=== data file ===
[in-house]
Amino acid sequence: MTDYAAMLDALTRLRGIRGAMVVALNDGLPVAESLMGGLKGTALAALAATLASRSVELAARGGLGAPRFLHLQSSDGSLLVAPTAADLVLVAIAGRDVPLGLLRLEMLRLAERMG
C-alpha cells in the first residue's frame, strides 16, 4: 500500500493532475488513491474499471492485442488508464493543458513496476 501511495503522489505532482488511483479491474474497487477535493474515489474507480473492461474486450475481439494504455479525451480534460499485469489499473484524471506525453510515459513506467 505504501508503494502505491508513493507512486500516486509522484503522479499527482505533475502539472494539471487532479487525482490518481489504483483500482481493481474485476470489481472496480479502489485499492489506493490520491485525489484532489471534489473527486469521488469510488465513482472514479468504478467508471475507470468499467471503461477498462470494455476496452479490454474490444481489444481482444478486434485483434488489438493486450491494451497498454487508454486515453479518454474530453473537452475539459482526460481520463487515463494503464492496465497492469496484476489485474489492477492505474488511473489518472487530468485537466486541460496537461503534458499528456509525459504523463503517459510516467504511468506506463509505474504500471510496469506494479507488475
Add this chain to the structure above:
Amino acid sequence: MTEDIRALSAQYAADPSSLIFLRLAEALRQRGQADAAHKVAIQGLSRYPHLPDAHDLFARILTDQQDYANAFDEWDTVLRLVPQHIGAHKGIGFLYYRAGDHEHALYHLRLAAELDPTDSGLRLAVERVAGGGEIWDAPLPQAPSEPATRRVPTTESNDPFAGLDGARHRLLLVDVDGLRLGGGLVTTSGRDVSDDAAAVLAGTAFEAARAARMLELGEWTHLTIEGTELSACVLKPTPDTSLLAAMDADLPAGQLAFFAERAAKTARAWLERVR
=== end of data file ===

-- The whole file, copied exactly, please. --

[in-house]
Amino acid sequence: MTDYAAMLDALTRLRGIRGAMVVALNDGLPVAESLMGGLKGTALAALAATLASRSVELAARGGLGAPRFLHLQSSDGSLLVAPTAADLVLVAIAGRDVPLGLLRLEMLRLAERMG
C-alpha cells in the first residue's frame, strides 16, 4: 500500500493532475488513491474499471492485442488508464493543458513496476 501511495503522489505532482488511483479491474474497487477535493474515489474507480473492461474486450475481439494504455479525451480534460499485469489499473484524471506525453510515459513506467 505504501508503494502505491508513493507512486500516486509522484503522479499527482505533475502539472494539471487532479487525482490518481489504483483500482481493481474485476470489481472496480479502489485499492489506493490520491485525489484532489471534489473527486469521488469510488465513482472514479468504478467508471475507470468499467471503461477498462470494455476496452479490454474490444481489444481482444478486434485483434488489438493486450491494451497498454487508454486515453479518454474530453473537452475539459482526460481520463487515463494503464492496465497492469496484476489485474489492477492505474488511473489518472487530468485537466486541460496537461503534458499528456509525459504523463503517459510516467504511468506506463509505474504500471510496469506494479507488475
Add this chain to the structure above:
Amino acid sequence: MTEDIRALSAQYAADPSSLIFLRLAEALRQRGQADAAHKVAIQGLSRYPHLPDAHDLFARILTDQQDYANAFDEWDTVLRLVPQHIGAHKGIGFLYYRAGDHEHALYHLRLAAELDPTDSGLRLAVERVAGGGEIWDAPLPQAPSEPATRRVPTTESNDPFAGLDGARHRLLLVDVDGLRLGGGLVTTSGRDVSDDAAAVLAGTAFEAARAARMLELGEWTHLTIEGTELSACVLKPTPDTSLLAAMDADLPAGQLAFFAERAAKTARAWLERVR